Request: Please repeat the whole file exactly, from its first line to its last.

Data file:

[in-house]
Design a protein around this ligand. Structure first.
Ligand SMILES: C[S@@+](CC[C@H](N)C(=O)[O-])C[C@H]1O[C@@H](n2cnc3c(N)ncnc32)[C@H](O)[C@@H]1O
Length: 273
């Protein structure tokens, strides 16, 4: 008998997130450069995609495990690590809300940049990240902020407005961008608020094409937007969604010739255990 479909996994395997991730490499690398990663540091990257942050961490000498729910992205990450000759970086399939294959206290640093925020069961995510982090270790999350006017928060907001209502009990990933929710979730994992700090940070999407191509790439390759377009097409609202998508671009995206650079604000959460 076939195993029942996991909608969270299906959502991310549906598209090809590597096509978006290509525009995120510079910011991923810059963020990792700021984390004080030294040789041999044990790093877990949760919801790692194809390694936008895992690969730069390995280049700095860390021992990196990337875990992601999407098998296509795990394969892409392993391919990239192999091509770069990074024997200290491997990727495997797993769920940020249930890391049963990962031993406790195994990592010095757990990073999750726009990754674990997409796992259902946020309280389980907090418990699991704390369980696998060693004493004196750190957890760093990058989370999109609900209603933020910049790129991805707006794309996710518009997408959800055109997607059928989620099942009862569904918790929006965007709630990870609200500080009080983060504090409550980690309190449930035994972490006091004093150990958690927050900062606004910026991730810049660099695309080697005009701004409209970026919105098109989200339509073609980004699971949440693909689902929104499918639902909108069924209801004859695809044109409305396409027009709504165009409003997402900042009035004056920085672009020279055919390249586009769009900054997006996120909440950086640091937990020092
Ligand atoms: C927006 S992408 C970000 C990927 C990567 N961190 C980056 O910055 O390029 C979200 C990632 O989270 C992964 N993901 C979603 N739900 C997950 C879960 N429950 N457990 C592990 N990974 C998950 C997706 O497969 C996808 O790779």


[in-house]
Design a protein around this ligand. Structure first.
Ligand SMILES: C[S@@+](CC[C@H](N)C(=O)[O-])C[C@H]1O[C@@H](n2cnc3c(N)ncnc32)[C@H](O)[C@@H]1O
Length: 273
């Protein structure tokens, strides 16, 4: 008998997130450069995609495990690590809300940049990240902020407005961008608020094409937007969604010739255990 479909996994395997991730490499690398990663540091990257942050961490000498729910992205990450000759970086399939294959206290640093925020069961995510982090270790999350006017928060907001209502009990990933929710979730994992700090940070999407191509790439390759377009097409609202998508671009995206650079604000959460 076939195993029942996991909608969270299906959502991310549906598209090809590597096509978006290509525009995120510079910011991923810059963020990792700021984390004080030294040789041999044990790093877990949760919801790692194809390694936008895992690969730069390995280049700095860390021992990196990337875990992601999407098998296509795990394969892409392993391919990239192999091509770069990074024997200290491997990727495997797993769920940020249930890391049963990962031993406790195994990592010095757990990073999750726009990754674990997409796992259902946020309280389980907090418990699991704390369980696998060693004493004196750190957890760093990058989370999109609900209603933020910049790129991805707006794309996710518009997408959800055109997607059928989620099942009862569904918790929006965007709630990870609200500080009080983060504090409550980690309190449930035994972490006091004093150990958690927050900062606004910026991730810049660099695309080697005009701004409209970026919105098109989200339509073609980004699971949440693909689902929104499918639902909108069924209801004859695809044109409305396409027009709504165009409003997402900042009035004056920085672009020279055919390249586009769009900054997006996120909440950086640091937990020092
Ligand atoms: C927006 S992408 C970000 C990927 C990567 N961190 C980056 O910055 O390029 C979200 C990632 O989270 C992964 N993901 C979603 N739900 C997950 C879960 N429950 N457990 C592990 N990974 C998950 C997706 O497969 C996808 O790779």